Vascular Plants of North Carolina
Account for Indian-hemp - Apocynum cannabinum   L.
Members of Apocynum with account distribution info or public map:
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Section 6 » Order Gentianales » Family Apocynaceae
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See also Habitat Account for General Apocynaceous Forblands
AuthorL.
DistributionOccurs throughout the state, certainly found in all 100 counties, though known records lacking for a few, particularly in the extreme southwestern mountains.

This is an abundant species across North America, from coast to coast and south to central FL and central TX.
AbundanceVery common to abundant across the entire state, except "just" common in much of the mountains. This is likely one of the more numerous native dicot species in the state.
HabitatThis species favors open country of a great variety of habitats and soil moisture. It grows in abandoned fields, roadsides, powerline clearings, wooded margins, margins of thickets, and various grasslands. It is an old field succession species, often seen a few years after a field has been abandoned.
See also Habitat Account for General Apocynaceous Forblands
PhenologyBlooms from May to July, and fruits in September and October.
IdentificationThis is a very familiar herbaceous species, often growing in dense stands or patches, on an erect stem with a few branches, to 3-4' tall. It has large numbers of opposite leaves, each elliptic to ovate, about 4" long and about 2" wide. It has large numbers of small flowers on each plant, from upper leaf axils. Each flower is quite small, barely 1/5" long, somewhat tubular and pale greenish or yellowish white to essentially white. The flowers are very fragrant and strongly attract bees and butterflies, which then attract naturalists and photographers! The plants often grow in patches 100 yards across in very dense stands, almost to the exclusion of other plant species. The plants have a milky sap, in case you would need to break off a branch or leaf at its base to check out this character. In the fall, the species has paired very slender pods that droop; each pod is about 6" long. Though the plants have fairly standard opposite leaves, the branches and stem are generally purple, another character (along with the milky sap) that should be helpful in identifying the species when not in bloom or fruit.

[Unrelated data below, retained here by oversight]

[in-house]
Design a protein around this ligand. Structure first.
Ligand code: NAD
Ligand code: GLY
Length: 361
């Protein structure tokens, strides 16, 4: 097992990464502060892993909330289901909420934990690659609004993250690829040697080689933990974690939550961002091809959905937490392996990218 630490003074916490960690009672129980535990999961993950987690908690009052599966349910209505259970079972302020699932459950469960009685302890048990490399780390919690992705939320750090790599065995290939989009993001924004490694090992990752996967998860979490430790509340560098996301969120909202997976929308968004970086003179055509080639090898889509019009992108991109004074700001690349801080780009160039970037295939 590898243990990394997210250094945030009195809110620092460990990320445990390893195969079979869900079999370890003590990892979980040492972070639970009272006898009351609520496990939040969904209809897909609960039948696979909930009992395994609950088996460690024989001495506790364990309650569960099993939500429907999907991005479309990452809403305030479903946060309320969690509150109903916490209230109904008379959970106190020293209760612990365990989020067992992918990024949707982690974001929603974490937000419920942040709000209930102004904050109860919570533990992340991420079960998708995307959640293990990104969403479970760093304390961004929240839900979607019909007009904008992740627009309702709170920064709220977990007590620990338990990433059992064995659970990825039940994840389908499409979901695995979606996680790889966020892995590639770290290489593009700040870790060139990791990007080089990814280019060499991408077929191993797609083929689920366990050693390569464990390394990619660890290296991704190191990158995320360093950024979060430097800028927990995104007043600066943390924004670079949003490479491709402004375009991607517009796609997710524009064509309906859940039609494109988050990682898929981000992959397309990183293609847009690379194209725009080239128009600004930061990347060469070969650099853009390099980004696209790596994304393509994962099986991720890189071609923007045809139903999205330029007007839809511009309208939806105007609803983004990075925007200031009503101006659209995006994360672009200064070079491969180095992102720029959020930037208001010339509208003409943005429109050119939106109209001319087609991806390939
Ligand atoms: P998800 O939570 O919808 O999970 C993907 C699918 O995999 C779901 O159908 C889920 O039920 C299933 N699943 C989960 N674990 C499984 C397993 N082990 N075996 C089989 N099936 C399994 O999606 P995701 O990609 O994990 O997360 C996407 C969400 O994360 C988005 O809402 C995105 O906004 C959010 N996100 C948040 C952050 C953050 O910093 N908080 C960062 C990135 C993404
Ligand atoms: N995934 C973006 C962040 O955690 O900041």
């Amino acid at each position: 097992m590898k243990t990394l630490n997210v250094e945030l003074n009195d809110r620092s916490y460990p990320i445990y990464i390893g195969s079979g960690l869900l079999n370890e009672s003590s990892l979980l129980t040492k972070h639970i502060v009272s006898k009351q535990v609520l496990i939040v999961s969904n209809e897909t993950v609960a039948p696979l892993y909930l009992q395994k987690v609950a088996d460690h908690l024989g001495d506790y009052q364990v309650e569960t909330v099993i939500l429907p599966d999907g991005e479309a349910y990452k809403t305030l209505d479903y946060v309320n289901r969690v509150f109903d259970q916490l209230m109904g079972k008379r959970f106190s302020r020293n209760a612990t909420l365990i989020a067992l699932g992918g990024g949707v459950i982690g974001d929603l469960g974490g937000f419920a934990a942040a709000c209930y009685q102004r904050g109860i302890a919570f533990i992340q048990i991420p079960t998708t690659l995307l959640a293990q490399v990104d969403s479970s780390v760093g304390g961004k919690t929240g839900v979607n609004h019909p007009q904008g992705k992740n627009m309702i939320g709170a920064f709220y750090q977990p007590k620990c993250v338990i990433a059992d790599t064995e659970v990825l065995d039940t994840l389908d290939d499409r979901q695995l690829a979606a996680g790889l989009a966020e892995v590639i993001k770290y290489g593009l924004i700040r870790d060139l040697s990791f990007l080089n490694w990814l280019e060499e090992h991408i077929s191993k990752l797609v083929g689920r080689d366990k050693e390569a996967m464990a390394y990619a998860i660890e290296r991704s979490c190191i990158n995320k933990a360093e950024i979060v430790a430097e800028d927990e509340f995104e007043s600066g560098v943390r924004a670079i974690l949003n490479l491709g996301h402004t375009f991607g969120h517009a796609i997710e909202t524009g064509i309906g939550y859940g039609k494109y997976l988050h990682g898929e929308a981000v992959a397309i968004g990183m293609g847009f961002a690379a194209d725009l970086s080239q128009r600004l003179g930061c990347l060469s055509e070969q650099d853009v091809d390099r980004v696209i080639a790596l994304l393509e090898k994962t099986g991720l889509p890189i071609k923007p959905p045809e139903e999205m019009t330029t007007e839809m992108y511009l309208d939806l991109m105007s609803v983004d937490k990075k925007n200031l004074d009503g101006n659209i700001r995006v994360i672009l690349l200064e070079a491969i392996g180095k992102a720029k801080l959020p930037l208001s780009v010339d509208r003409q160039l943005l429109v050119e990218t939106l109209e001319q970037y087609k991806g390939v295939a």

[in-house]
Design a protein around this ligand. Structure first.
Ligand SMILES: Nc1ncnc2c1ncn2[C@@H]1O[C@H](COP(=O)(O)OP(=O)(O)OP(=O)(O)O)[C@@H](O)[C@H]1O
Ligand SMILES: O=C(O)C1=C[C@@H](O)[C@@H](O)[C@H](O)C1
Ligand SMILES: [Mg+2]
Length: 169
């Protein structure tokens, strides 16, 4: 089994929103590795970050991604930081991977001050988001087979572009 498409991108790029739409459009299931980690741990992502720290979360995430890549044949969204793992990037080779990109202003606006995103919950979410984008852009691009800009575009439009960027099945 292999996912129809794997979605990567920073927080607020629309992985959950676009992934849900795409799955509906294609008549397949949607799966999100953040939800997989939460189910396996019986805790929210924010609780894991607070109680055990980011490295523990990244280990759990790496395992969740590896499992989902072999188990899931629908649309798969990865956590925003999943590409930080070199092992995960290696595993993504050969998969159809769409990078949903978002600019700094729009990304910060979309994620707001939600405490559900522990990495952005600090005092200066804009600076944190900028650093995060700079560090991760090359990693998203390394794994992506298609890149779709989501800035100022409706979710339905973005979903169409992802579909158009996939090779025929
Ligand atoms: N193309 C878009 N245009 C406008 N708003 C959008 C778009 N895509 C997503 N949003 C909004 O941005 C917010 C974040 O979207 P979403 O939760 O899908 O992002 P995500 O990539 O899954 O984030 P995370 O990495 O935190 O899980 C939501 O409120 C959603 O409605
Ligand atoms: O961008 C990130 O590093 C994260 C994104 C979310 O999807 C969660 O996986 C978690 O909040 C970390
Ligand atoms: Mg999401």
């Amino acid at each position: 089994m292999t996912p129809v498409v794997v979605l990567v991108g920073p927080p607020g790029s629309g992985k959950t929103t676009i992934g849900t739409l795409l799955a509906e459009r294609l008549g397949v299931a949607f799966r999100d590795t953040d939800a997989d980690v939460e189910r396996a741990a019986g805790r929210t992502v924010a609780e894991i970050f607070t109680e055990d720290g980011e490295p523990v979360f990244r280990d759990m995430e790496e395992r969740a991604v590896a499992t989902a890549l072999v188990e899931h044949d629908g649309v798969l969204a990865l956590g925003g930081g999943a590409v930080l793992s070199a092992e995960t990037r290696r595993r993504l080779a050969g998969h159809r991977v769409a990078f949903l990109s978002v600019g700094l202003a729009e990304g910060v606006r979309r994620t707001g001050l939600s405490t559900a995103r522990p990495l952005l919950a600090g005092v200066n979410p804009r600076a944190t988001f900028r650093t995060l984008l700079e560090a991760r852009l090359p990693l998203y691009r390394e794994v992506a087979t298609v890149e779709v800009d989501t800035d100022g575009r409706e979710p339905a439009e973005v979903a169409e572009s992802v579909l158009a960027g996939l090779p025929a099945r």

Taxonomic CommentsDespite its huge range, there appear to be no recognized varieties or subspecies, at least accepted by Weakley (2018) in NC.

Other Common Name(s)Dogbane, Hemp Dogbane, Prairie Dogbane. Though the genus Apocynum typically is called "dogbane" as a group common name, this species has been known as Indian Hemp/Indian-hemp for many decades, and the editors prefer to stick with this very familiar name.
State RankS5
Global RankG5
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